Industrial complexity: the ministry divides its platform between the new and nostalgia

Industrial complexity: Ministry head Al Jourgensen can be an intimidating soul, at first sight. With his long dreadlocks and his face full of piercings, and a look that can burn lead, his behavior on stage is quite intense.

In conversation though, he’s warm and super friendly, blessed with a hearty laugh. When we start this interview by sympathizing with Jourgensen because he has a press day allotted, he responds with, “Being a promosexual is a very hard job.” You just have to like it.

The last few years have been strange for Ministry, as for everyone else. They were to go on tour to celebrate the 30th anniversary of the The mind is a terrible thing to taste album when the pandemic hit. Now this album is 32 years old and the Psalm 69 album celebrates its 30th anniversary. And on top of all that, they’ve released a phenomenal new album, Moral hygieneWhich one is, in the humble opinion of this writer, their best since the above Psalm 69 masterpiece.

But now they’re back on the road, making up for lost time. Their concert at the Anaheim House of Blues with Corrosion of Conformity and the Melvins will be their first in SoCal since performing at Slayer’s last concert at The Forum in late 2019.

“Yeah, it’s been almost two and a half years,” says Jourgensen. “Quite a journey from our little imposed quarantine lives that we participated in. I managed to make the equivalent of almost two, two and a half albums just by being in forced quarantine quarantine. Believe me, I’m not complaining, but I have a studio at home so, OK, there’s nothing to do – let’s just be creative for a few years. It worked out well, but I can’t wait to get back on the road, which I never thought I’d say, but here we are.

Yes, Ministry made lemonade with lemons. And in Moral hygienethey made the sweetest of elixirs.

“I knew when we were done with that, that OK, that’s a good one,” Jourgensen said. “He’s a keeper. After 15 or 17 years, there’s probably maybe four or five keeper. It’s in the keeper category. It seems like everything that’s talked about on this album comes to fruition more than ever. Things like fascism coming to a head, they’re trying every legal trick in the book to impose authoritarianism on this country, with the right to vote and everything we were singing about then comes to fruition now.

Jourgensen has never been one to shut up when he feels passionate about something – there has always been an element of punk rock rebellion in the man and his various bands. Moral hygiene is overtly punk, from the police “anarchy” on the cover, to the Jello Biafra guest feature, to the Stooges cover “Search and Destroy.”

“It wasn’t a conscious effort, but it definitely started to move in that direction,” he says. “What do we still have to lose? They took everything away from us. We are in quarantine with no opportunity to earn money for the next two years. We just have to pull ourselves together and that was the DIY punk rock spirit of the early 80s, late 70s, which I was also a part of. It was kind of a throwback. It was about stepping into a time machine and back.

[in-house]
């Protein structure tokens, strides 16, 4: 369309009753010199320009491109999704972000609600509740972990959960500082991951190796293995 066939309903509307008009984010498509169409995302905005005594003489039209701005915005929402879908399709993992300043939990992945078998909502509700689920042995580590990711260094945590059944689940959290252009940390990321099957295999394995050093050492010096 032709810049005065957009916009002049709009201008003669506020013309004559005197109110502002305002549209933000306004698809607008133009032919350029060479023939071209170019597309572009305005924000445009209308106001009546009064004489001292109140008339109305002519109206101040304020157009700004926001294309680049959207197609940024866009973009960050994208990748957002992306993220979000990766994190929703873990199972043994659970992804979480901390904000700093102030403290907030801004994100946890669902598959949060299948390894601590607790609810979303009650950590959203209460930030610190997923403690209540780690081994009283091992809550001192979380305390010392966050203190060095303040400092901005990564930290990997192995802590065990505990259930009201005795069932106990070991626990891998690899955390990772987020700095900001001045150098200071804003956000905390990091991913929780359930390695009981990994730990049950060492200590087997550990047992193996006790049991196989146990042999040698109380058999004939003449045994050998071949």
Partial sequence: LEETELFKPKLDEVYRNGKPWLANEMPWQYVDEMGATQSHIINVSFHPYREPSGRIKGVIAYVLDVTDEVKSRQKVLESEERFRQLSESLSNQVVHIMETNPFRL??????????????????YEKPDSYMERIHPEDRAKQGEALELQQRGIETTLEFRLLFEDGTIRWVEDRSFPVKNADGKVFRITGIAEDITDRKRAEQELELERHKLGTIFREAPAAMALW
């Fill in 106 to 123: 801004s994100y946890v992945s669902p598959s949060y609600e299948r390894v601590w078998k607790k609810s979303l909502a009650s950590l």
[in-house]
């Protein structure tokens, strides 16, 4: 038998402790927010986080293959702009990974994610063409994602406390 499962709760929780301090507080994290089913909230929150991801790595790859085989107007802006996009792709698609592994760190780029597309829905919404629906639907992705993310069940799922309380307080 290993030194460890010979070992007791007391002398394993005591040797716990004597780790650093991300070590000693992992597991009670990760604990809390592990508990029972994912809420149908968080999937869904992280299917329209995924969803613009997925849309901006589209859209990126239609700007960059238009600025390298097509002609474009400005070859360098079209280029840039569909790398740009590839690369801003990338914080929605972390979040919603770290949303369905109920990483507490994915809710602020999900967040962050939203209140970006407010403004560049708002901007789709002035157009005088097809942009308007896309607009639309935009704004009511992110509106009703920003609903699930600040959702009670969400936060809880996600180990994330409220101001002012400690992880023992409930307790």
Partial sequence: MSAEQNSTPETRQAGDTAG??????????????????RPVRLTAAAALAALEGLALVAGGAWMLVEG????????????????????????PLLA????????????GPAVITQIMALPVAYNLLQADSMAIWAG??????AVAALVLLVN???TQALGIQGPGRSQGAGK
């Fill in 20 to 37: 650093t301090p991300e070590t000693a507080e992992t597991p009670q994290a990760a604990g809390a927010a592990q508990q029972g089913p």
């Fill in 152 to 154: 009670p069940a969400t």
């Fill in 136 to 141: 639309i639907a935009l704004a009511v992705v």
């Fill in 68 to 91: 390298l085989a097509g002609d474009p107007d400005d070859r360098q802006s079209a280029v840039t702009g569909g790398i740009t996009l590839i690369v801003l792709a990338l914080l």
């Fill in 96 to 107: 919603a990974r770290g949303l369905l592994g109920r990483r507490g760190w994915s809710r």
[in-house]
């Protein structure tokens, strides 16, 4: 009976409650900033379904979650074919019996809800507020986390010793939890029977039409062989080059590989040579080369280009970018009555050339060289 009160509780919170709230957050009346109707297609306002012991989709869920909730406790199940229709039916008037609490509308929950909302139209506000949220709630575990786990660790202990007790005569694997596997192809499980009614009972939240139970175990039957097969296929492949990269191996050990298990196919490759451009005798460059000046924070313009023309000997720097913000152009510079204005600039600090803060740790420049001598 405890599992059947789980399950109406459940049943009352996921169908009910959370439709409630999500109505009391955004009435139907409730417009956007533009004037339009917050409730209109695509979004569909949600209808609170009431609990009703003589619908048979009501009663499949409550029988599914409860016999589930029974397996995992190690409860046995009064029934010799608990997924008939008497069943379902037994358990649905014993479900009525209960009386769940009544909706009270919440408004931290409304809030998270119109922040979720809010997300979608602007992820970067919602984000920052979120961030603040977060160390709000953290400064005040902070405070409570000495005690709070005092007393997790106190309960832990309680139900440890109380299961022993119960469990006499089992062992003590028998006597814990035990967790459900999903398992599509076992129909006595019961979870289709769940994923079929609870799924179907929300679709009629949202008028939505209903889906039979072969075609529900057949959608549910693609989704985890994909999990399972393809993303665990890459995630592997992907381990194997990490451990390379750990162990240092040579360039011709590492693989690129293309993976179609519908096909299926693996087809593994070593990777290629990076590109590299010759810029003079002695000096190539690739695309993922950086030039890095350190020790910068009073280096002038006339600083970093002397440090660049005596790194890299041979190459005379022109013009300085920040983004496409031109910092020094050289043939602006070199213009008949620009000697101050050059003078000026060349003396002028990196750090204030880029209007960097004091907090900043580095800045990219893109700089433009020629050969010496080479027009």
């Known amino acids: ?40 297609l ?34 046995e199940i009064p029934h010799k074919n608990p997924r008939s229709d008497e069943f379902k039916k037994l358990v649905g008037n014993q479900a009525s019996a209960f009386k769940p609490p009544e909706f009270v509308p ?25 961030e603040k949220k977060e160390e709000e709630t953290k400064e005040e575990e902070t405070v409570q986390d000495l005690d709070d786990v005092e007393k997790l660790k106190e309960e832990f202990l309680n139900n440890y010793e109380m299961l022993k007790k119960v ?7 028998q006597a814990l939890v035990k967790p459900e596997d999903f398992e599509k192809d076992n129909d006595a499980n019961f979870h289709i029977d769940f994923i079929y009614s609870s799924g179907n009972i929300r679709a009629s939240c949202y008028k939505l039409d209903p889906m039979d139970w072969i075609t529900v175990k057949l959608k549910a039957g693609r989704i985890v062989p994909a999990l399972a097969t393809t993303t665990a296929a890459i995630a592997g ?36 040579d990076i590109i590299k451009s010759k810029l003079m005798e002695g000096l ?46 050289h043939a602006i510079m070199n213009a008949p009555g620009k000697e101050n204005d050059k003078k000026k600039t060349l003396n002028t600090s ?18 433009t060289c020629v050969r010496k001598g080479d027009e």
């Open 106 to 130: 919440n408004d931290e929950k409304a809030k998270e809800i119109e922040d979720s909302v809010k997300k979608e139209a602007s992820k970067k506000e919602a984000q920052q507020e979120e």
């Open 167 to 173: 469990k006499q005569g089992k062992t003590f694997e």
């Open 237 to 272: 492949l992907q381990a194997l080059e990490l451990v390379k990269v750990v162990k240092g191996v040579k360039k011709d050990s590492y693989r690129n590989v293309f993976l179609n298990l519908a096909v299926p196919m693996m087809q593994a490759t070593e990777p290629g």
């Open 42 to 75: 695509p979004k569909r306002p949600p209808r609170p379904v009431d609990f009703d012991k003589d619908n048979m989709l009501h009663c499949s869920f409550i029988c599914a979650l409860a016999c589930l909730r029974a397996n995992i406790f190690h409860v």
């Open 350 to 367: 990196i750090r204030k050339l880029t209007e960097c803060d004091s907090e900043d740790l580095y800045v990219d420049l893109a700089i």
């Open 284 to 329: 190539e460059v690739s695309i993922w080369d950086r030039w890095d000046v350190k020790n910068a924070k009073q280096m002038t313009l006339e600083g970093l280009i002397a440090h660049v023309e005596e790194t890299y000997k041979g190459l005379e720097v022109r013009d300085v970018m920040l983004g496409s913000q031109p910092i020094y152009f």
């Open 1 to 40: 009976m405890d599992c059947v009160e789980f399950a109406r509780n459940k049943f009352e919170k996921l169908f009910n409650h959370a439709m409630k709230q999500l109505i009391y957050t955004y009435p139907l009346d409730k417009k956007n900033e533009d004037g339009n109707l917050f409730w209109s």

Jourgensen and Biafra have been friends and colleagues for a long time; indeed, they formed a side project together in 1988 called Lard, and Jourgensen says there’s more Lard on the way.

“[Jello] didn’t happen here – it’s in San Francisco,” says Jourgensen. “We traded hard drives, drop boxes and stuff. I just knew this song was meant for him. I tried to try the vocals and wasn’t happy, so we did it. sent it to Uncle Jello, and he came back with that. We were like, ‘Yeah, that’s it.’ Because we had all this time on our hands, we ended up writing five, six, seven more songs that head into Jello and I’m looking forward to his renditions of his vocal takes on those songs so it looks like we’ve a new Lard album also coming out next year. That’s a bonus.

The Ministry song that Jello sings to is “Sabotage is Sex”, a bratty punk anthem and a highlight of the album.

“This track is a throwback,” says Jourgensen. “It was a lot of fun to do, just the trading process – that’s the new reality we live in. This is how you write music. You send it into the ether and someone picks it up, does their job, and sends it back to you in the ether. There you go, without any human contact. This is where we are. But anyway, it was still great fun. Just hearing the process of how this song grew. I can’t wait to play this stuff.

The new songs are sure to be a highlight of this entire tour, but Ministry will still have to fulfill their duties and celebrate their legacy.

“We have a two-year lag because of COVID,” says Jourgensen. “I kinda thought that was stupid – we planned a 30 year anniversary for this era of ministry, and I was in for it, it made sense, but two years later in quarantine is now the 32nd year of The mind is a terrible thing to tastenot on the 30th, and Psalm 69 now hit 30. So we’re in a weird spot so in this live show we’re going to give some of the Psalm 69 songs, as well as MIATTTT, as well as Pailhead, as well as RevCo. It is literally a throwback. When it’s done, we go out and start hitting them with the new stuff.

Which, when all is said and done, sounds like an explosion.

Industrial complexity: of the ministry Moral hygiene the album is out now. They play with the Melvins and Corrosion of Conformity at 6 p.m. on Wednesday, April 13.

Sharon D. Cole